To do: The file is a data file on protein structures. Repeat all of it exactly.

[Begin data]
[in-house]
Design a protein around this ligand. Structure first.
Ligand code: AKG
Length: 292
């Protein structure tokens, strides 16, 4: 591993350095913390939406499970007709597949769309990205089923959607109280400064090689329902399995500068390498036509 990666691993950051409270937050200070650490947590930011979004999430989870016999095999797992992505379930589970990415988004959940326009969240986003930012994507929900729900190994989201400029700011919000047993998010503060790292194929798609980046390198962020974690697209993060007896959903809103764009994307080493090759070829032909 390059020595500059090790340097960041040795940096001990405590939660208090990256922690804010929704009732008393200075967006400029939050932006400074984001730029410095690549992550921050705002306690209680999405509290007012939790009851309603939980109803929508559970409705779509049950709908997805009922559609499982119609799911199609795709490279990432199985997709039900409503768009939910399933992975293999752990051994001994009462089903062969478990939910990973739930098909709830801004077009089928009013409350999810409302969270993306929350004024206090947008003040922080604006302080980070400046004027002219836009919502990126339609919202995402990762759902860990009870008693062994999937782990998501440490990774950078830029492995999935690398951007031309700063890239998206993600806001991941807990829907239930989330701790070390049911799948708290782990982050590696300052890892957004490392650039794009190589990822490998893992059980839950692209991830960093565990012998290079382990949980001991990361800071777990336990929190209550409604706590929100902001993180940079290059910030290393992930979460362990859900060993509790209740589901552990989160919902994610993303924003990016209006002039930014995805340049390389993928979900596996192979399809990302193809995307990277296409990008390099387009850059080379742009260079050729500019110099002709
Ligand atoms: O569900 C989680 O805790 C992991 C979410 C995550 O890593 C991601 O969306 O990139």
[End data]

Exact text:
[in-house]
Design a protein around this ligand. Structure first.
Ligand code: AKG
Length: 292
């Protein structure tokens, strides 16, 4: 591993350095913390939406499970007709597949769309990205089923959607109280400064090689329902399995500068390498036509 990666691993950051409270937050200070650490947590930011979004999430989870016999095999797992992505379930589970990415988004959940326009969240986003930012994507929900729900190994989201400029700011919000047993998010503060790292194929798609980046390198962020974690697209993060007896959903809103764009994307080493090759070829032909 390059020595500059090790340097960041040795940096001990405590939660208090990256922690804010929704009732008393200075967006400029939050932006400074984001730029410095690549992550921050705002306690209680999405509290007012939790009851309603939980109803929508559970409705779509049950709908997805009922559609499982119609799911199609795709490279990432199985997709039900409503768009939910399933992975293999752990051994001994009462089903062969478990939910990973739930098909709830801004077009089928009013409350999810409302969270993306929350004024206090947008003040922080604006302080980070400046004027002219836009919502990126339609919202995402990762759902860990009870008693062994999937782990998501440490990774950078830029492995999935690398951007031309700063890239998206993600806001991941807990829907239930989330701790070390049911799948708290782990982050590696300052890892957004490392650039794009190589990822490998893992059980839950692209991830960093565990012998290079382990949980001991990361800071777990336990929190209550409604706590929100902001993180940079290059910030290393992930979460362990859900060993509790209740589901552990989160919902994610993303924003990016209006002039930014995805340049390389993928979900596996192979399809990302193809995307990277296409990008390099387009850059080379742009260079050729500019110099002709
Ligand atoms: O569900 C989680 O805790 C992991 C979410 C995550 O890593 C991601 O969306 O990139």